This list is by no means exhaustive, but it’ll give you a sense of what’s been passed and what’s in the pipeline:
- Seattle, WA, became the first U.S. city in 2018 to ban plastic straws and all plastic utensils from businesses.
- Suffolk County, NY, banned plastic straws and Styrofoam containers, beginning in 2020.
- Vermont’s ban, which covers virtually all single-use plastics, is the most comprehensive in the nation. It goes into effect in 2020.
- California, the first state to ban plastic bags, became the first state to ban plastic straws.
- United Kingdom will ban all single-use plastics by April 2020.
- In the pipeline: New York City; Troy, NY; and Albany, NY legislatures are considering bans on plastic straws and other single-use plastics.
Corporate Bans and Pledges
A number of food establishments and corporations have instituted bans or “straws on request” commitments. A few of the most recent announcements include:
- McDonald’s will ban plastic straws in U.K. and Ireland restaurants.
- Bon Appétit Management, a major U.S. food-service company with eateries at college campuses, museums, and other institutions, has banned plastic straws and stirrers at all of its more than 1,000 locations in 33 states.
- Starbucks will phase out plastic straws by 2020.
- Alaska Airlines will phase out plastic straws and stirrers.
Does Legislation Work?
The key to effective legislation, in my opinion, is that it needs to be part of a package of measures all designed to change individual and community norms. So, just as education campaigns aren’t the only solution, laws are only effective if they’re considered part of a broader campaign to reduce our dependence on single-use disposable items.
Legislation Inspires Others to Take Action
Just like our Rye City plastic bag ban inspired other communities to pass their own legislation, plastic straw laws are empowering local and state governments to push through their own measures.
In addition to legislative action, local businesses have jumped in to announce their own restrictions. There’s a pride associated with making a change that benefits both the community and its environment. I’ve witnessed this countless number of times among Rye residents and business owners as they declare Rye a town committed to waste reduction and sustainability.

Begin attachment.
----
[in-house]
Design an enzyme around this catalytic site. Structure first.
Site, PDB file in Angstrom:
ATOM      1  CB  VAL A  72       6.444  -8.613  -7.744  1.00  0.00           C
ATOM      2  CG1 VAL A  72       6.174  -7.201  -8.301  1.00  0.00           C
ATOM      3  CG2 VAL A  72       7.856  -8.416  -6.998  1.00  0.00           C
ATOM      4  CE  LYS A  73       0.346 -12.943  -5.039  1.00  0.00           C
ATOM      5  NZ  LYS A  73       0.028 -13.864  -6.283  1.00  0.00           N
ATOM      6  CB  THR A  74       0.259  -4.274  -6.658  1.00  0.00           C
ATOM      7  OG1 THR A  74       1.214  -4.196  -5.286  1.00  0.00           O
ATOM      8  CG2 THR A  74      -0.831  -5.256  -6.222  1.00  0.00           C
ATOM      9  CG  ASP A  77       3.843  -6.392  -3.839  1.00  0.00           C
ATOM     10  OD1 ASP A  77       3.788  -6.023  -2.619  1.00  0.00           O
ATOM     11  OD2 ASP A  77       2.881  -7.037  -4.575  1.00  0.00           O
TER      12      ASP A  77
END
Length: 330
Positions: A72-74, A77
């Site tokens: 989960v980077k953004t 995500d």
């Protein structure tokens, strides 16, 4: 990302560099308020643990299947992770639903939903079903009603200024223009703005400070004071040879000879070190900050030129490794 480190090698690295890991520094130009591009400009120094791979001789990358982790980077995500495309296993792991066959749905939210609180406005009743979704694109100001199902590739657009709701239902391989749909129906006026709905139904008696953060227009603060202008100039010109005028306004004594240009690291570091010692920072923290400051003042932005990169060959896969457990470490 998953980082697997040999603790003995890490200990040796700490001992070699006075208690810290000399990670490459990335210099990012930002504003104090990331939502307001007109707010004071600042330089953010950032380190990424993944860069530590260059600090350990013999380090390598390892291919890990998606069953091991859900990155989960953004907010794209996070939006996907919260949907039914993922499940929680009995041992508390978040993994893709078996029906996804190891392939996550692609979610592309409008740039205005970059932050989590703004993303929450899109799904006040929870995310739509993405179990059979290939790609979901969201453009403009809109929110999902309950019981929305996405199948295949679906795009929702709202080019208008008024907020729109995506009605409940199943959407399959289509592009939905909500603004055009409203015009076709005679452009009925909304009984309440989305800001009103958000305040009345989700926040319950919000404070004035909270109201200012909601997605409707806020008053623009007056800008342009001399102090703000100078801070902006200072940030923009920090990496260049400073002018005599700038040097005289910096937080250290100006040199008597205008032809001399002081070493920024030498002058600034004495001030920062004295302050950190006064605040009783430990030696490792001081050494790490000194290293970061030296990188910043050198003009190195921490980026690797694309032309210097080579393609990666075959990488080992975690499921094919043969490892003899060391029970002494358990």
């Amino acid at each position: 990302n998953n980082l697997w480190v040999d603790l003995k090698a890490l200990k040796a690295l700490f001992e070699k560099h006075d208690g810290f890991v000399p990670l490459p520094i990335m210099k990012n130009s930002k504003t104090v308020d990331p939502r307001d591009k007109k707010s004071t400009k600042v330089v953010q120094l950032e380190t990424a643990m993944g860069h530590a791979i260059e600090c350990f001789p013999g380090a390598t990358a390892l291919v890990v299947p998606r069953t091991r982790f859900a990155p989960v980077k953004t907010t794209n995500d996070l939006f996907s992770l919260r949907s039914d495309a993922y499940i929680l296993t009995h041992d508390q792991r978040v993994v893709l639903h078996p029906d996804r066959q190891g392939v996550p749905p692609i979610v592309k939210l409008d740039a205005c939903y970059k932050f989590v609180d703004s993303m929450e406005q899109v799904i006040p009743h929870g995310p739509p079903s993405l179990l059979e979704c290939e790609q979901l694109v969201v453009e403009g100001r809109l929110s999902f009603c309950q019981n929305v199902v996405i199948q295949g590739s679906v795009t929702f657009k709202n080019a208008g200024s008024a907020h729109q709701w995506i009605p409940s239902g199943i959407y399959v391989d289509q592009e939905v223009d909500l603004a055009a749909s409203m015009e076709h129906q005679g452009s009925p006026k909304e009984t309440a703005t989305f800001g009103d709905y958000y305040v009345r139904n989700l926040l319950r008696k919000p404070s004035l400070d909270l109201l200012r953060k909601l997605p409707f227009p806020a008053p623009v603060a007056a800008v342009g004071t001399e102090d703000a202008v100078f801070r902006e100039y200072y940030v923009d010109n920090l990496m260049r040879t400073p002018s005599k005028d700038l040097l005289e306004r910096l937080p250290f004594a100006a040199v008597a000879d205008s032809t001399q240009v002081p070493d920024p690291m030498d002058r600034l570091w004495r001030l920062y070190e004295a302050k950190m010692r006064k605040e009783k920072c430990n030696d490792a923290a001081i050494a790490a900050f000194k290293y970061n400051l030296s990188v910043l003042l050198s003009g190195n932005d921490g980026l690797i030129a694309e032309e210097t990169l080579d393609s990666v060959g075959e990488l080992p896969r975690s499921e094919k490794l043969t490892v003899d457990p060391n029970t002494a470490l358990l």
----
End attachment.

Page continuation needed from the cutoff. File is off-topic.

As this snowballing effect of legislation occurs, more people, communities, and larger corporations take notice. Think of these localized actions as opening the door to more fundamental shifts in society and in the corporate world.
Legislation Gets to the Root of the Waste Problem
Remember that plastic straw pollution is only one part of this waste crisis. Over 150 million metric tons of plastic saturate our oceans. The main problem is that this stuff keeps getting made and we keep buying it! The key is to target source reduction. Bans accomplish this task more effectively than education or recycling campaigns.
Laws Give Power to the People
When you demonstrate your support for a legislator who sponsors a plastic straw reduction law, you’re part of the process. That lawmaker represents you and your efforts to combat pollution and single-use waste. That can (and should be!) empowering, knowing that you’re engaged in a collective effort to make a change.
Won’t Plastic Straw Laws Hurt My Quality of Life?
No! There are so many reusable alternatives to plastic straws. You’re correct that there’s a bit of an inconvenience factor in washing and caring for reusable straws, but it’s minimal, particularly if you decide, most of the time, to forgo straw usage!
For those where plastic straws are a necessity, current laws account for these considerations by including exemptions where needed.